Studies show, as in the study by The Indiana Legislative Council listed above, involuntary annexation can divide a community. Fortville already has a negative reputation. This is a town whose leaders made a mockery of a resident who raised goats in their back yard for fear they might eat a flower or two, but yet harbors neighbors who house dogs with a history of biting children. Where is the reputation that would entice county residents to WANT to be a part of this town? The town would flourish and grow naturally if the Town Council focused its energies on improving their own character first before trying to oppress their neighbors. The greed of the town council has done nothing but tarnish the already negative reputation of Fortville. The saying is true, “A country (town) divided will not stand.”
Remarks from the town attorney, Alex Intermill, concerning the Western Boundary residents have been quite demeaning. “Gracious words are a honeycomb, sweet to the soul and healing to the bones.” healing words which this Council and their Attorney have defiantly ignored. Mr. Intermill (who does not personally live within the county) is quoted as saying, “There is no question that the people who live in this annexation territory use the roads in the town of Fortville more regularly than, say, I do. They’re using the roads, they’re contributing to the maintenance costs and upkeep costs, but they don’t pay anything for that. This changes that. And that’s one of the reasons for the annexation.” And also, “They need to pay for their fair share.” He said acquiring the property would only be beneficial for Fortville, among other statements found in the Greenfield Reporter.
How are such comments building “community”? If the Western Boundary is annexed to “pay their fair share” of the maintenance, is the town going to drop the taxes of the commercial businesses? The businesses of Fortville pay a much higher tax rate, zoned commercial, to enable the city to cover costs of road maintenance and upkeep to entice patrons to conduct business in their town. While we encourage shopping local, those comments make it incredibly hard to support a town that does not believe we are paying our fair share. We find shopping in a neighboring town much more convenient where we will not be guilty of raising their maintenance costs. As for Mr. Intermill’s comments on road usage, two of the main roads running through the town are state highways. Those roads are maintained by the state, not the town. The road in front of our farm is a state highway, maintained by the state, which means we will be paying for unnecessary road service. County landowners pay county and federal taxes that provide grants and kickbacks to the cities in which they do not live. This land-grab simply amounts to more taxation without representation.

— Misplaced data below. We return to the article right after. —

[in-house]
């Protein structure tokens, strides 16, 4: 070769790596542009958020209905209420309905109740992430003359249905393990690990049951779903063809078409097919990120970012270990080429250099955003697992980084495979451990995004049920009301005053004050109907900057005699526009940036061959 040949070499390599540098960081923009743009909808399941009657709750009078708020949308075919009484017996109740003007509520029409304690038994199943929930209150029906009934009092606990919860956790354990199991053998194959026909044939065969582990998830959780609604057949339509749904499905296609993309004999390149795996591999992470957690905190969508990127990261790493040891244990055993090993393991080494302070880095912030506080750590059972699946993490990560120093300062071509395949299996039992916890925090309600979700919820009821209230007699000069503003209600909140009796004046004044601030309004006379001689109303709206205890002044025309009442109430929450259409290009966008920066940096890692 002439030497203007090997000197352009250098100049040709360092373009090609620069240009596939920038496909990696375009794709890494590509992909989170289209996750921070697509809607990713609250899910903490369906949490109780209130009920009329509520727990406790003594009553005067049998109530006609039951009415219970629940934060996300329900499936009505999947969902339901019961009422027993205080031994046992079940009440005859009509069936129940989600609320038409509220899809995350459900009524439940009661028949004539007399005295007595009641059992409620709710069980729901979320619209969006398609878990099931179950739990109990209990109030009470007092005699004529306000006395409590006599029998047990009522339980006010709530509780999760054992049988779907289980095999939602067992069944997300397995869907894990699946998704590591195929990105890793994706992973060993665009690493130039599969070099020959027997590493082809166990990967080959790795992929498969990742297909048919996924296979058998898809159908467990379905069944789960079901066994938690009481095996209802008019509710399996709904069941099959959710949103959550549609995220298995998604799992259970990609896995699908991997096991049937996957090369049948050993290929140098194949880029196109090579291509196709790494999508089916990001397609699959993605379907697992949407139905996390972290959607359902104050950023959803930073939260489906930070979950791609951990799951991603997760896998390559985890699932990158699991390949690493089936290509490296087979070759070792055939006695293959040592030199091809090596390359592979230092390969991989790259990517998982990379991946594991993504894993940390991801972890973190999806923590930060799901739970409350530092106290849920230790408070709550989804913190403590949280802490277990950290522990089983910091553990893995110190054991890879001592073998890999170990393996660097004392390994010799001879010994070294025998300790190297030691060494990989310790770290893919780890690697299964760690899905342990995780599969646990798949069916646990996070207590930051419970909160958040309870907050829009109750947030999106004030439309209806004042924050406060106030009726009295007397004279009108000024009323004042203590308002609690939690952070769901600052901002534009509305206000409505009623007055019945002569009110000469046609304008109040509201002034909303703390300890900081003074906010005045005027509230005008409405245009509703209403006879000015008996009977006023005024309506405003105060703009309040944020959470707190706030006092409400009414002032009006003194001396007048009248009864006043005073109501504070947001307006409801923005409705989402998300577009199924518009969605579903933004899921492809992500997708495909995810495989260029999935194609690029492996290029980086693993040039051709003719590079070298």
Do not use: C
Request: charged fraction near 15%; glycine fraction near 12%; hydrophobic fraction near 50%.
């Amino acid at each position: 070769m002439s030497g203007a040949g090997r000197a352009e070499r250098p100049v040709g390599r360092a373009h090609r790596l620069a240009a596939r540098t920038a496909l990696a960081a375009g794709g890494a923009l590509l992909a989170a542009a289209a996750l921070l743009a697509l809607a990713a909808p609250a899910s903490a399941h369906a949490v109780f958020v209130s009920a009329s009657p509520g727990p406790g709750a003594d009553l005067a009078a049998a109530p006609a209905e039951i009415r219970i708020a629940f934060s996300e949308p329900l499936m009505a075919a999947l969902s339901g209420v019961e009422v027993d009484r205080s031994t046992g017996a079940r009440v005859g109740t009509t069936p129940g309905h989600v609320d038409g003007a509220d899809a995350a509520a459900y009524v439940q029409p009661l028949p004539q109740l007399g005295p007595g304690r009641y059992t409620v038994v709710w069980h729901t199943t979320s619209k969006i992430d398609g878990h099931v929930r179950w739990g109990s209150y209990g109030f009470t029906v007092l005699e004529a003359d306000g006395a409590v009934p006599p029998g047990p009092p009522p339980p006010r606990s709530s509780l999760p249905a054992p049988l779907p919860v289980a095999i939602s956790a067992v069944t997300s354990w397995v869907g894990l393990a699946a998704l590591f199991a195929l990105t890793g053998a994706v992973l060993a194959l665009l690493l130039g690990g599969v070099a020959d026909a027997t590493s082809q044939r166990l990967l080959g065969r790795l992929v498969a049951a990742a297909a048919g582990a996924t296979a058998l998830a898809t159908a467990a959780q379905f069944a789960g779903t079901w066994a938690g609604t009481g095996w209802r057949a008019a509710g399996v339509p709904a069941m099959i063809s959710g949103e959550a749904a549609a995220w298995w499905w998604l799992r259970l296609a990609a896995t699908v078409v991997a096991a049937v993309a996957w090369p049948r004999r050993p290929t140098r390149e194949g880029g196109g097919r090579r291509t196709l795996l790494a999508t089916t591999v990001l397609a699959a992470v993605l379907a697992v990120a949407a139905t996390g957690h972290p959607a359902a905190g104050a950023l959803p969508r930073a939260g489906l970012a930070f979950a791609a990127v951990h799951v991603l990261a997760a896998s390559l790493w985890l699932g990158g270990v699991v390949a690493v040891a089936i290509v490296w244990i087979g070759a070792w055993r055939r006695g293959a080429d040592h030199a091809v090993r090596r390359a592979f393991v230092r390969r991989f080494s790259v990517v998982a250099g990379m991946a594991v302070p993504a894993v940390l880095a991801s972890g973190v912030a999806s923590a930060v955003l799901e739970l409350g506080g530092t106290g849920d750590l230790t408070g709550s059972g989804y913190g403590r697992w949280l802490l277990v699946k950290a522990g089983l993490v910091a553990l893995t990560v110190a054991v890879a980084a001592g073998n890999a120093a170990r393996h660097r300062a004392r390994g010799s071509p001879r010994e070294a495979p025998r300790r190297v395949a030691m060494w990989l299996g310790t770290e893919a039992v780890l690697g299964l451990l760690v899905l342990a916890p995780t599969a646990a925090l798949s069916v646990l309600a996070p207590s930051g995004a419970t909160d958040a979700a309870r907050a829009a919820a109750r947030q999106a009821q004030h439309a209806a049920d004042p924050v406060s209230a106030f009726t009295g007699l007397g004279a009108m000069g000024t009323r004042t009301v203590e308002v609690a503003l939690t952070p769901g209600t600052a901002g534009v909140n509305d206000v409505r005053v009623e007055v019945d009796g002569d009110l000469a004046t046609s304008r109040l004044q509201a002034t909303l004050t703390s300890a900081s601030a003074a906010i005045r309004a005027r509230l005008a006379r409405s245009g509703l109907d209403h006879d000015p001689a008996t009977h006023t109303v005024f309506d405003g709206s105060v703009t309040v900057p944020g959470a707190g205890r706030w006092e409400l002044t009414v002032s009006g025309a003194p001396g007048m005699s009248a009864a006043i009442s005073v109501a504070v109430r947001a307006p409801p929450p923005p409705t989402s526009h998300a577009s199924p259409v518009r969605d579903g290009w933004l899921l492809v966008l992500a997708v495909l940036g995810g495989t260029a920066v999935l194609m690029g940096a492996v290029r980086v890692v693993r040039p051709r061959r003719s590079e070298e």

In short, Involuntary Annexation efforts amount to government tyranny. Whenever anyone wants to force themselves on you, they are always wrong. If it is physical, we call it assault, molestation, or rape. With government, it is called tyranny. The aggressor attacks because they cannot properly govern themselves. At the council meeting on May 6th, Mrs. Manship asked repeatedly how the Western Boundary residents would be willing to compromise. There is no answer because it is an absurd question. This Town Council has acted aggressively towards their neighbors. It is as ridiculous as a rapist attacking a woman, she fights back, and the rapist asking the victim how she’d be willing to compromise.
We see this tyranny only too clearly from our current White House, and all the way down to our own local school system. Our President took an oath to uphold the Constitution, yet the current and growing scandals are the natural result from how the administration has been forcing themselves on us by violating some, perhaps all of the Bill of Rights our Founders wisely left to us. Tyranny results when entrusted governing bodies cannot control their own appetites and lust for power. Because our national government cannot control themselves and their overspending, we are demanded to pay more. This is not leadership; this is a failure to lead.
On a smaller scale, we see the exact same thing from our school administration. They have mismanaged what they have been entrusted to manage, and they blame everyone and everything except themselves. With raised taxes from the referendum last year, we are expected to pay more to pay for their mismanagement. Because they will not accept responsibility and self-govern, the cycle will likely continue. This is not leadership; this is a failure to lead.